'Fearless Girl' stares down Wall Street's iconic bull
'Fearless Girl' stares down Wall Street's iconic bull A statue titled "Fearless Girl" faces the Wall Street bull, Wednesday, March 8, 2017, in New York. A big investment firm, State Street Global Advisors, put the statue there to highlight International Women's Day. (AP Photo/Mark Lennihan)
'Fearless Girl' stares down Wall Street's iconic bull
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A statue of a resolute young girl staring down Wall Street's famous Charging Bull was erected by a major asset managing firm for International Women's Day to make a point: There's a dearth of women on the boards of the largest U.S. corporations.
State Street Global Advisors, the Boston-based investment giant, had the statue created to push companies to increase the number of women directors.
Artist Kristen Visbal's "Fearless Girl" drew crowds March 8 that initially came to pose for pictures with the bull, but the novelty quickly became a New York City hot spot.
The girl is sculpted in bronze, her hands firmly planted on her waist, ponytailed head held high.
"Know the power of women in leadership. SHE makes a difference," reads a plaque at her feet.
"As a steward of nearly $2.5 trillion of assets, we want to engage with boards and management around issues that we think will drive core results," said Lori Heinel, State Street's deputy global chief investment officer. "And what you find repeatedly is having more diverse boards and more diverse senior management will actually drive better results for companies."
Twenty-five percent of the Russell 3000 - a broad index of U.S. companies - have no women on their boards, according to State Street, which manages many of their assets.
According to ISS Analytics, a business research firm, just 16 percent of board seats on companies in the Russell 3000 are held by women; the average board of directors has eight men and one woman.
"It's going to happen to the end of time unless you change something," says Erik Gordon, a lawyer and professor at the University of Michigan's Ross School of Business. "It's got to not just be the rules. It's got to be the culture."
State Street has three women on an 11-member board. Heinel said her company also will urge those in Great Britain and Australia to add women to their leadership.
One man working in corporate America needed no convincing.
Chandrasekar Sundaram says a woman is the CEO of the company he works for in Texas, Hewlett Packard Enterprise, and has quite a few women reporting to her.
"But when it gets to 50 percent, that's when I think it'll be right," said Sundaram, a Dallas resident and native of India who was visiting New York with his family - with the Charging Bull as one of their stops.
The mammoth bronze was a "guerrilla art" act, dropped in the middle of the night in Bowling Green Park in 1989 without permission, by an artist who created it as a symbol of Americans' survival energy following the 1987 stock market crash. The city gave its permission for the bull to remain.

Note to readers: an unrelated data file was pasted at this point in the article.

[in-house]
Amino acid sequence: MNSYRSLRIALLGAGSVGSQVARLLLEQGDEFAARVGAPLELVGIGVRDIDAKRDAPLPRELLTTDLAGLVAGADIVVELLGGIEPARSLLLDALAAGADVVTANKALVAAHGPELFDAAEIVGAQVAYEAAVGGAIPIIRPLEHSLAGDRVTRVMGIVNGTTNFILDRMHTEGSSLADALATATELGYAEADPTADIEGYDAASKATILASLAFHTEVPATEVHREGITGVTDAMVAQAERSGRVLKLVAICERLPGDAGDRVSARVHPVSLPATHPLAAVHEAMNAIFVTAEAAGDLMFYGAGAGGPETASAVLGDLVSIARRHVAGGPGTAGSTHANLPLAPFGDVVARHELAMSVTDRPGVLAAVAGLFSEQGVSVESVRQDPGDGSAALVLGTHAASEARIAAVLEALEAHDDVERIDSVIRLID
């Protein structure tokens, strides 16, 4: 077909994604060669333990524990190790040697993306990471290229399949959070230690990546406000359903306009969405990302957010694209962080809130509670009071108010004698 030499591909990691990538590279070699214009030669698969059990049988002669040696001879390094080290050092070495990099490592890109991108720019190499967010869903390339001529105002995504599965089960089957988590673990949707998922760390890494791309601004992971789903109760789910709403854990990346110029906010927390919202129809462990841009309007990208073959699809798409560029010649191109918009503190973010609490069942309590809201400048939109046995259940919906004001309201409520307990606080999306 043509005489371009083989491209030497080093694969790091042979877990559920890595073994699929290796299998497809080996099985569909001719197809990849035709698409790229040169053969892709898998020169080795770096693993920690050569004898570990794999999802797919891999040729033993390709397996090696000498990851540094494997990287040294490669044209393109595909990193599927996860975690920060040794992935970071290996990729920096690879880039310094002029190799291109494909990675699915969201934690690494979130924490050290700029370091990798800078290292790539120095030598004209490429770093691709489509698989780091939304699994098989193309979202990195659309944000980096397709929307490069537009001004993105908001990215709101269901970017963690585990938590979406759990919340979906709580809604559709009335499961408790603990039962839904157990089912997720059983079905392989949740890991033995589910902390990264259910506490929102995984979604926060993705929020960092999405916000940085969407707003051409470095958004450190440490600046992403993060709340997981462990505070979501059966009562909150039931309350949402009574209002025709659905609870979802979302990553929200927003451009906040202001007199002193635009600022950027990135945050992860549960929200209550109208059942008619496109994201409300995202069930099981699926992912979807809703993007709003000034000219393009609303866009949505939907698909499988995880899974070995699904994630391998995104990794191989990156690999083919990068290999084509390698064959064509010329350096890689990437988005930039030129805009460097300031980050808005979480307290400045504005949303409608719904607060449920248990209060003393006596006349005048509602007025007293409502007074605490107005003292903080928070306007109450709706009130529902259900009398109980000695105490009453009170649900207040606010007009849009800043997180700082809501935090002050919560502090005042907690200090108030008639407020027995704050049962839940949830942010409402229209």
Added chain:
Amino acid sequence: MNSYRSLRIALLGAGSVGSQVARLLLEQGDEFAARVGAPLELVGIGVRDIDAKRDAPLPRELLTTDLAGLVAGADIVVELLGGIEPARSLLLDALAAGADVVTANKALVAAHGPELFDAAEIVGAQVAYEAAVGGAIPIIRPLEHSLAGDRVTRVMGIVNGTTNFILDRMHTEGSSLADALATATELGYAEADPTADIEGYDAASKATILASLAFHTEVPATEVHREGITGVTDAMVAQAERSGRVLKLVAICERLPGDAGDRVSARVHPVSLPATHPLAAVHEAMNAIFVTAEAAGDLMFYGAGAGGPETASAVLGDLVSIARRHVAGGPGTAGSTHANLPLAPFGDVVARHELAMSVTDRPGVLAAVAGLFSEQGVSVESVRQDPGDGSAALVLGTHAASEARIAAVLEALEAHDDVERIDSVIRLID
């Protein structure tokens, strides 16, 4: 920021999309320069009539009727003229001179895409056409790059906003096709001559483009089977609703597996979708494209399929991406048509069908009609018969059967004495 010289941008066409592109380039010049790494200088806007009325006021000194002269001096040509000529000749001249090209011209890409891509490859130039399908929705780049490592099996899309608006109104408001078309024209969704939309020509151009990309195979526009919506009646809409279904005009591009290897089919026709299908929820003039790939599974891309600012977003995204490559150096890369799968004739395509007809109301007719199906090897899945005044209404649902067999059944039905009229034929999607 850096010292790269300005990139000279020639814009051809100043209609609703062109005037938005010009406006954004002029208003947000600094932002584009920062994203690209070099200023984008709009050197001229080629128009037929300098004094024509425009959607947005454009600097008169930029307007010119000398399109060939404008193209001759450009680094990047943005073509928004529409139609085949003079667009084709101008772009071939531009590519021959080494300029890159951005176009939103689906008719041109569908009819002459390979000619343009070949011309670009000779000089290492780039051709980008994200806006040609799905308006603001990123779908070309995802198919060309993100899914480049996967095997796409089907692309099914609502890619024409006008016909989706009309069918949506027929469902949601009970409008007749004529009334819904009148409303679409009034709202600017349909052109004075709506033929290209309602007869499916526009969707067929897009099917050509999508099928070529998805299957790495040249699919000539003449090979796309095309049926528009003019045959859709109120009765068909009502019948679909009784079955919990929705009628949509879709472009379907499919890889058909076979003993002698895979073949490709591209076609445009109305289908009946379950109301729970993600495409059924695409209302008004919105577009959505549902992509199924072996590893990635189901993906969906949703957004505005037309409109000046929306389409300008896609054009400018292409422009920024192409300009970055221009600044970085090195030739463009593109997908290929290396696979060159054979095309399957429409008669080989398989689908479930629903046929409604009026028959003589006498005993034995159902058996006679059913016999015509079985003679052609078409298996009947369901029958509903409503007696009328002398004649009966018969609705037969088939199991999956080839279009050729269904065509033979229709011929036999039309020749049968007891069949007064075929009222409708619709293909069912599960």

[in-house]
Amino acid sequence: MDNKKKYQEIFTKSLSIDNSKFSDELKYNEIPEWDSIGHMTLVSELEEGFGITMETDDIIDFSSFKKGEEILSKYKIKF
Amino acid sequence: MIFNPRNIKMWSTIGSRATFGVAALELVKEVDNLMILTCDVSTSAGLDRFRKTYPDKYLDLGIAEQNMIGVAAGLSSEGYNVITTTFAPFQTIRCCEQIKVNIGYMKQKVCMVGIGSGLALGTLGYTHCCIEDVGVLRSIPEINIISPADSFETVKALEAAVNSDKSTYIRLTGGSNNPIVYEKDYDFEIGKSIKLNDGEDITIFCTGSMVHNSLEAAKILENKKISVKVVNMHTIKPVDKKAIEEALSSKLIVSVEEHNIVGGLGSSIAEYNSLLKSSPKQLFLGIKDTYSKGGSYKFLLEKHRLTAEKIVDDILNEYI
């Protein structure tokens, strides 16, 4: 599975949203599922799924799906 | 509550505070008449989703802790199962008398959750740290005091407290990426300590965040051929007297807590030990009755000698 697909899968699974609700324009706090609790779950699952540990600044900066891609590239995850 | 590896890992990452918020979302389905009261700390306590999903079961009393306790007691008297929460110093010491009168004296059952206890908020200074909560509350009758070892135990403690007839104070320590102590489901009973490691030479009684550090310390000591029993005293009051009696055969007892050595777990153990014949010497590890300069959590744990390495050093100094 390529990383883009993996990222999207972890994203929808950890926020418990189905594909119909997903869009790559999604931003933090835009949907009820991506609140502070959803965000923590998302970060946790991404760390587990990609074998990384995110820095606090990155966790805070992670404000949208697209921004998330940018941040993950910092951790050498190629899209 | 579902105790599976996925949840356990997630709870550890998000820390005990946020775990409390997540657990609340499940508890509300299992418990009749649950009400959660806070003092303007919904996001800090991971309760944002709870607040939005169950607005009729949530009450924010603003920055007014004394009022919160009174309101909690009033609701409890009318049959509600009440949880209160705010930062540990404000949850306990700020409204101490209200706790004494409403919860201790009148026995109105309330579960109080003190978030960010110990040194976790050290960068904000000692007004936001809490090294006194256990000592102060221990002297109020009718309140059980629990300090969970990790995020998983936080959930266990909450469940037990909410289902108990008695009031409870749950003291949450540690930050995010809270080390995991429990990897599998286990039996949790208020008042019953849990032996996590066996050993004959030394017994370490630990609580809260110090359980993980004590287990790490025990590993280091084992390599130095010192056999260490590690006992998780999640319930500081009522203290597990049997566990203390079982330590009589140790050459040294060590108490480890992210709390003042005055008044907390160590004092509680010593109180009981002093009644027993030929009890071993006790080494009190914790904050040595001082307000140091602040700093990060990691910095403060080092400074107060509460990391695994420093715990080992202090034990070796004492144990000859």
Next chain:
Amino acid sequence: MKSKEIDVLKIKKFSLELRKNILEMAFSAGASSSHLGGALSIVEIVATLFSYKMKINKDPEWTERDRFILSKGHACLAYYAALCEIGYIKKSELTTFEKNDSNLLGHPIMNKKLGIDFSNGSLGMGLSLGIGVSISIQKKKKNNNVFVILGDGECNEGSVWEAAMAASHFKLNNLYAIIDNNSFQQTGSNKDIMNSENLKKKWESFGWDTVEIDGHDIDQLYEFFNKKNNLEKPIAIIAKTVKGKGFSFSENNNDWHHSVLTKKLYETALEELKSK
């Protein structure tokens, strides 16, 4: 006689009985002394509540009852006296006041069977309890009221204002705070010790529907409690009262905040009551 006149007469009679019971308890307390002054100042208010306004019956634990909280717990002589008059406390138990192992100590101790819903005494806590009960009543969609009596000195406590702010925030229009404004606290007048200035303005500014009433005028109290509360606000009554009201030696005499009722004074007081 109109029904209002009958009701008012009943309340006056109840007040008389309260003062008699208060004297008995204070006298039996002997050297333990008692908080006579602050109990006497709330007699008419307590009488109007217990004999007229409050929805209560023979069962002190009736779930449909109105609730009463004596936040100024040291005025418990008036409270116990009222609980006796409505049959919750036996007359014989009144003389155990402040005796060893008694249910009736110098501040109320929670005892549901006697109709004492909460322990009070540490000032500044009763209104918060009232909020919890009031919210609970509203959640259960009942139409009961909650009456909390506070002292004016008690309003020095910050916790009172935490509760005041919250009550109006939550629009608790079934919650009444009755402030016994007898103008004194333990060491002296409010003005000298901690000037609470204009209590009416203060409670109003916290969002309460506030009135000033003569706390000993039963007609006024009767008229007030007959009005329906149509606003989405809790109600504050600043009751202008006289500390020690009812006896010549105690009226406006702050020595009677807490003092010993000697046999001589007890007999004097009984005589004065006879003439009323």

McCann New York, a top advertising agency, installed the statue of the girl before dawn March 7, with a city permit for one week. Negotiations are underway for the piece to remain longer.
Why choose the Charging Bull as the site to place the girl?
"Well, we really wanted the bull to have a partner, and a partner that we thought was worthy of him," Heinel said. "And so we got a very determined young woman who is fearless and is willing to drive the change that we believe we need."
Sundaram's 8-year-old daughter, Sankaribriya, got the message.
She wanted to pose with the sculpted girl "because I just wanted to look at her and wanted to feel like her."

Source URL: https://www.tweentribune.com/article/teen/fearless-girl-stares-down-wall-streets-iconic-bull/

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Why aren't there more women in finance?
Write your answers in the comments section below

  • jacksona-pla
    3/14/2017 - 08:43 a.m.

    For international women's day, a statue of a resolute girl was placed in a position to be staring down the iconic bull statue on Wall Street. The message of the statue is that there should be more women in leadership positions, specifically in the financial sector. A small percentage of US company board seats are held by women, many people believe this is destructive. I feel that this was an incredibly powerful way to drive change through civic engagement. Rather than women staying home and shirking their responsibilities, this statue shows how women are deserving of more responsibility.

  • collinh-pla
    3/14/2017 - 10:10 a.m.

    A large investment firm dropped a statue titled "Fearless Girl" across from the famous bull statue on Wall street. The statue came as a symbol to call for equality in the workplace, specifically to urge large companies to diversify their board of directors. 25% of large companies do not have any female directors on their board, the average make up is 8 males to one female. Studies have shown that companies with more diverse boards perform better. I think workplace equality is just one of many ways we as a society can work towards equality. Gender equality has come a long way in 100 years but it still needs to improve. Adding women to leadership roles is an important step in attaining equality in the workplace.